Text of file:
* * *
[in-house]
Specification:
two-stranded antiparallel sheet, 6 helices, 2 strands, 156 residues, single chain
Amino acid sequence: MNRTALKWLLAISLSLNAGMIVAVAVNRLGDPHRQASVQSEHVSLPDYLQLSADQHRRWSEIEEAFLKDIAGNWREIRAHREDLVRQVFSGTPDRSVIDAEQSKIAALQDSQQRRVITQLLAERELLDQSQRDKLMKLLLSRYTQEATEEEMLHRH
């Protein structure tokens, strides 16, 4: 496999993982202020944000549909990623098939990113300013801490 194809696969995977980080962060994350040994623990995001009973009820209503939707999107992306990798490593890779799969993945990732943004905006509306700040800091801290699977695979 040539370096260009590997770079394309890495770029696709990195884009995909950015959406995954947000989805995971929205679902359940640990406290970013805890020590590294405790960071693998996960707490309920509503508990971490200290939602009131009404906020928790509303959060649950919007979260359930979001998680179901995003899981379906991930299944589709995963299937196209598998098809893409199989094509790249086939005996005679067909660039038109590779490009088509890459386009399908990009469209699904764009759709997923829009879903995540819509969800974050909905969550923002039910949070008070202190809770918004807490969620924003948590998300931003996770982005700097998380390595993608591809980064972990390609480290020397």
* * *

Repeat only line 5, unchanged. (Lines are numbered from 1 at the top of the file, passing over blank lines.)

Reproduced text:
């Protein structure tokens, strides 16, 4: 496999993982202020944000549909990623098939990113300013801490 194809696969995977980080962060994350040994623990995001009973009820209503939707999107992306990798490593890779799969993945990732943004905006509306700040800091801290699977695979 040539370096260009590997770079394309890495770029696709990195884009995909950015959406995954947000989805995971929205679902359940640990406290970013805890020590590294405790960071693998996960707490309920509503508990971490200290939602009131009404906020928790509303959060649950919007979260359930979001998680179901995003899981379906991930299944589709995963299937196209598998098809893409199989094509790249086939005996005679067909660039038109590779490009088509890459386009399908990009469209699904764009759709997923829009879903995540819509969800974050909905969550923002039910949070008070202190809770918004807490969620924003948590998300931003996770982005700097998380390595993608591809980064972990390609480290020397």